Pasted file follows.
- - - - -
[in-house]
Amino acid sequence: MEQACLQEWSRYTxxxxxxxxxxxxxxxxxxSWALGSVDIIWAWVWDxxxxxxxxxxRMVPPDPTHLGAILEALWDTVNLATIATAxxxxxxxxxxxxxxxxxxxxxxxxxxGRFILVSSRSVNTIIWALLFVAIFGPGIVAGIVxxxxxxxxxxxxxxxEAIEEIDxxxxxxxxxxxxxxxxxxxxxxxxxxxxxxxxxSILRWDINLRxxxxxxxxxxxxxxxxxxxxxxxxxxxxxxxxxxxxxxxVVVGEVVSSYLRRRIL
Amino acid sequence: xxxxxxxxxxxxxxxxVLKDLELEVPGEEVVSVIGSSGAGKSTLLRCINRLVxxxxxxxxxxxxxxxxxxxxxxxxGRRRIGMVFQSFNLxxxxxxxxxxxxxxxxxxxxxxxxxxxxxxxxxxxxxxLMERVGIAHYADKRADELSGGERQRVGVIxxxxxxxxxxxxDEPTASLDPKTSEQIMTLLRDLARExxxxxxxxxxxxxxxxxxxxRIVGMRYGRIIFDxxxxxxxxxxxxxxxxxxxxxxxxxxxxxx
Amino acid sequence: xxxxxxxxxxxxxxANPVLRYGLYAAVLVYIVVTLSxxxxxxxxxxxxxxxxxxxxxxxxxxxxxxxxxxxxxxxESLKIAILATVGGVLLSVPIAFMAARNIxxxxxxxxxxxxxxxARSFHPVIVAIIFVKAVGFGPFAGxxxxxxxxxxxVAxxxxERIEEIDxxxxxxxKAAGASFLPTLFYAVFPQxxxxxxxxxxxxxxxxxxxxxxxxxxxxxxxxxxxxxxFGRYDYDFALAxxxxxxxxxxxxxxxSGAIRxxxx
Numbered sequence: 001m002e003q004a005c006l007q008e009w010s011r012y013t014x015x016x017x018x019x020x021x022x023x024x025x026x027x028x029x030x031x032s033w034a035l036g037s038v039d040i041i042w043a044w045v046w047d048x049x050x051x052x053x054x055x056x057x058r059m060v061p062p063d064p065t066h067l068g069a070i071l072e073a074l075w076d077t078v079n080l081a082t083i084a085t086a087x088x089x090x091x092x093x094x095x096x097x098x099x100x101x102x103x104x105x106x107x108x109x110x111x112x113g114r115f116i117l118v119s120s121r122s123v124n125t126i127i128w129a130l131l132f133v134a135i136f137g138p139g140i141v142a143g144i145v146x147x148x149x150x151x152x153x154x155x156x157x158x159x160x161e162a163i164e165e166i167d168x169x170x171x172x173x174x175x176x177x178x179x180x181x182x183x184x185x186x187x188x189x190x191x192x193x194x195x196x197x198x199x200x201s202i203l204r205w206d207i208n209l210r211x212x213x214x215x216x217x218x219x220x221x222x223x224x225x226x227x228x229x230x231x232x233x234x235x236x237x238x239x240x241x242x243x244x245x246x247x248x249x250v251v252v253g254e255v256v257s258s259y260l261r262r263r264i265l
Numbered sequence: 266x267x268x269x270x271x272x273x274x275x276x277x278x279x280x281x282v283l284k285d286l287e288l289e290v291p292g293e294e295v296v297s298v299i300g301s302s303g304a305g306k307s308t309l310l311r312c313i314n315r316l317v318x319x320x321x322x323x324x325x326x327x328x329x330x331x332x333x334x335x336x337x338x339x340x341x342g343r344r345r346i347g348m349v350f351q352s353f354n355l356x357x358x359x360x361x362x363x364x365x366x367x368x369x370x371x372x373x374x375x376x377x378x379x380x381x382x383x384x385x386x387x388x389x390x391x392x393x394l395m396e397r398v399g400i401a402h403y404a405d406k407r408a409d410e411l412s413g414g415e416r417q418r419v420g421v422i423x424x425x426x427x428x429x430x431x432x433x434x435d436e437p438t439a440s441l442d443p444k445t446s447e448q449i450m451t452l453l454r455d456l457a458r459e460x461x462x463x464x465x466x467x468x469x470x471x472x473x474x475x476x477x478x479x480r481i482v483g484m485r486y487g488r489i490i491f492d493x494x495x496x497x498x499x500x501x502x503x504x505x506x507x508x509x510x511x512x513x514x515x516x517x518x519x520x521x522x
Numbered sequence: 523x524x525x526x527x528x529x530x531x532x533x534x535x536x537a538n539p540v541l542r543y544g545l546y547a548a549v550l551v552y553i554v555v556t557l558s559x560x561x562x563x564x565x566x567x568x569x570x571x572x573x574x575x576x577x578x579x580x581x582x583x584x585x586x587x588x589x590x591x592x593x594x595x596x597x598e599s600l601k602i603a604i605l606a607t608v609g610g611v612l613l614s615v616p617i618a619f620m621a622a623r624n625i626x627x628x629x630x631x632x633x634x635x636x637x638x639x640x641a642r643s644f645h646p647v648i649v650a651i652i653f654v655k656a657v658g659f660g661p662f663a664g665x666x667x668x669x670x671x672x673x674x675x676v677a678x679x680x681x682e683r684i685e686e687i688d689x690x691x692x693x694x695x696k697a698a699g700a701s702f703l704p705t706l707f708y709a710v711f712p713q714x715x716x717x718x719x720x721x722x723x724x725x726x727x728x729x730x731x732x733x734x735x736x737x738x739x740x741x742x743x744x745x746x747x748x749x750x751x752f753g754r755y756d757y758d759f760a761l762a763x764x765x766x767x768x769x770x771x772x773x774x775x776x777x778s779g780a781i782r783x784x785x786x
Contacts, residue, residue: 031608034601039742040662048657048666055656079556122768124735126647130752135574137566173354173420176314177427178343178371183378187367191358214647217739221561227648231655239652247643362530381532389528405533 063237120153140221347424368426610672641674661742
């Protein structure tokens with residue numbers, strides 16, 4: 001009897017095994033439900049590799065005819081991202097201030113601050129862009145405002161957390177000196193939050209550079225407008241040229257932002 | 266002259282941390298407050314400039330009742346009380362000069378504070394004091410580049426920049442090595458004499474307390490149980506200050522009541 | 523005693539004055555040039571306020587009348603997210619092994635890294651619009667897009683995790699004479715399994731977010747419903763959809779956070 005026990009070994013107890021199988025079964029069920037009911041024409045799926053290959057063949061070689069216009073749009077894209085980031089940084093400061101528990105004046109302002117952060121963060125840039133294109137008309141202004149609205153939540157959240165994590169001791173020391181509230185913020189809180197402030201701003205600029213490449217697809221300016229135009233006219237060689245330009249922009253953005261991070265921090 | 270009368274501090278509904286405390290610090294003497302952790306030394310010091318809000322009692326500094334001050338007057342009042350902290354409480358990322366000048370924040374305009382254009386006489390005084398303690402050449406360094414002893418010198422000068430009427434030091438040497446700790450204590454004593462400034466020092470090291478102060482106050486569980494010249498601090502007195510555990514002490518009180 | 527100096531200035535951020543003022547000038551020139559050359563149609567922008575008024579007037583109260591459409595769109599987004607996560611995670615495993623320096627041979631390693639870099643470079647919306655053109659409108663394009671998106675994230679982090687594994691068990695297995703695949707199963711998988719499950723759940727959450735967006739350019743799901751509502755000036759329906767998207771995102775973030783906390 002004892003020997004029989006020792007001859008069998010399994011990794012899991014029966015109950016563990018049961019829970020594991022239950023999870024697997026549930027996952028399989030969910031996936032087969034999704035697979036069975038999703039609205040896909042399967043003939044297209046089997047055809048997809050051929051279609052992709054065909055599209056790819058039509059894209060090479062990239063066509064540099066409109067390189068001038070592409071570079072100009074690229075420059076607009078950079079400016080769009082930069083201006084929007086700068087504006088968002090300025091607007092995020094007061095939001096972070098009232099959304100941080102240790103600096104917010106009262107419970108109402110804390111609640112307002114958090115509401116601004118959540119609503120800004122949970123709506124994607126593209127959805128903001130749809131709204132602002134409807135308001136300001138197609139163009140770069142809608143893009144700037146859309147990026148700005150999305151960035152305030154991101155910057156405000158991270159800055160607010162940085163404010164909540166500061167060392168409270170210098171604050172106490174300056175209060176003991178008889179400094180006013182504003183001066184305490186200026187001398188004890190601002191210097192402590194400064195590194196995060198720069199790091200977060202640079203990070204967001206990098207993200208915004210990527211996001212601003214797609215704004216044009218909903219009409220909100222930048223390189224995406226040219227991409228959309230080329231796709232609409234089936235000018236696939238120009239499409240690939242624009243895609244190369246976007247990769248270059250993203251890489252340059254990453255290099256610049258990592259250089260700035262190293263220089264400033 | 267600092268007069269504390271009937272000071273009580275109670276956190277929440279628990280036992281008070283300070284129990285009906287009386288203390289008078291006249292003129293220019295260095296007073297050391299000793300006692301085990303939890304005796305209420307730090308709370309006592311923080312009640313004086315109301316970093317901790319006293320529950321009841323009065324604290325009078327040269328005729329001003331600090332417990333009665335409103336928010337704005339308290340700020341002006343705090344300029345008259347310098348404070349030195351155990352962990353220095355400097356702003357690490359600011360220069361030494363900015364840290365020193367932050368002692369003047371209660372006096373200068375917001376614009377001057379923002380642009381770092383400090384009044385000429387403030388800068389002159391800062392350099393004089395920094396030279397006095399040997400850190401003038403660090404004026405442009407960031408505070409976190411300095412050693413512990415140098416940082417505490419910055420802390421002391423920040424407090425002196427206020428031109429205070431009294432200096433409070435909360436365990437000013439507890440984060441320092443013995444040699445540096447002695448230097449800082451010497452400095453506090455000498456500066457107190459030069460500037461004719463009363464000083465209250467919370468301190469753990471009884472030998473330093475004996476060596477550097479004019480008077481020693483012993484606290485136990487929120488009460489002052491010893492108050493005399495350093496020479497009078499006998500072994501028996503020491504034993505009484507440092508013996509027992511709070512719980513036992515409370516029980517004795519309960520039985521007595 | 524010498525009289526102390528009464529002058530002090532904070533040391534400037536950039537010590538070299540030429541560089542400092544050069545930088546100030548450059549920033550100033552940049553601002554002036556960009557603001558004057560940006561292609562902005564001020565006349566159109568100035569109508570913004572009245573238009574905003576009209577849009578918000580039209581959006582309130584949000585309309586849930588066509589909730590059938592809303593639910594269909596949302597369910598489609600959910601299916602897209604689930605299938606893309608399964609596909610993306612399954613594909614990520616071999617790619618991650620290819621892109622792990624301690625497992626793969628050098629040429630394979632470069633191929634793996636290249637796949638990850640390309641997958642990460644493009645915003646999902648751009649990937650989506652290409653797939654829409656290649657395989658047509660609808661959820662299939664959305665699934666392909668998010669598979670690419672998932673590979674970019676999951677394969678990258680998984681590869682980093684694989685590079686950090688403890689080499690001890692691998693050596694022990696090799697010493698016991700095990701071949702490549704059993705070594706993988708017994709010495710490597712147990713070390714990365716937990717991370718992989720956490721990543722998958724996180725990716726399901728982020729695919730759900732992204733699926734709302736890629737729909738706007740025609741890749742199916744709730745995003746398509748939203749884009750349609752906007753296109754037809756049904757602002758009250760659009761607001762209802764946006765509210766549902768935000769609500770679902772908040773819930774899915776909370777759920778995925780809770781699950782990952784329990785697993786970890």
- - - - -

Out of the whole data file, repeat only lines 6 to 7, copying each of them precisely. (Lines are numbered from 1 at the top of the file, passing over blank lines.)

Numbered sequence: 266x267x268x269x270x271x272x273x274x275x276x277x278x279x280x281x282v283l284k285d286l287e288l289e290v291p292g293e294e295v296v297s298v299i300g301s302s303g304a305g306k307s308t309l310l311r312c313i314n315r316l317v318x319x320x321x322x323x324x325x326x327x328x329x330x331x332x333x334x335x336x337x338x339x340x341x342g343r344r345r346i347g348m349v350f351q352s353f354n355l356x357x358x359x360x361x362x363x364x365x366x367x368x369x370x371x372x373x374x375x376x377x378x379x380x381x382x383x384x385x386x387x388x389x390x391x392x393x394l395m396e397r398v399g400i401a402h403y404a405d406k407r408a409d410e411l412s413g414g415e416r417q418r419v420g421v422i423x424x425x426x427x428x429x430x431x432x433x434x435d436e437p438t439a440s441l442d443p444k445t446s447e448q449i450m451t452l453l454r455d456l457a458r459e460x461x462x463x464x465x466x467x468x469x470x471x472x473x474x475x476x477x478x479x480r481i482v483g484m485r486y487g488r489i490i491f492d493x494x495x496x497x498x499x500x501x502x503x504x505x506x507x508x509x510x511x512x513x514x515x516x517x518x519x520x521x522x
Numbered sequence: 523x524x525x526x527x528x529x530x531x532x533x534x535x536x537a538n539p540v541l542r543y544g545l546y547a548a549v550l551v552y553i554v555v556t557l558s559x560x561x562x563x564x565x566x567x568x569x570x571x572x573x574x575x576x577x578x579x580x581x582x583x584x585x586x587x588x589x590x591x592x593x594x595x596x597x598e599s600l601k602i603a604i605l606a607t608v609g610g611v612l613l614s615v616p617i618a619f620m621a622a623r624n625i626x627x628x629x630x631x632x633x634x635x636x637x638x639x640x641a642r643s644f645h646p647v648i649v650a651i652i653f654v655k656a657v658g659f660g661p662f663a664g665x666x667x668x669x670x671x672x673x674x675x676v677a678x679x680x681x682e683r684i685e686e687i688d689x690x691x692x693x694x695x696k697a698a699g700a701s702f703l704p705t706l707f708y709a710v711f712p713q714x715x716x717x718x719x720x721x722x723x724x725x726x727x728x729x730x731x732x733x734x735x736x737x738x739x740x741x742x743x744x745x746x747x748x749x750x751x752f753g754r755y756d757y758d759f760a761l762a763x764x765x766x767x768x769x770x771x772x773x774x775x776x777x778s779g780a781i782r783x784x785x786x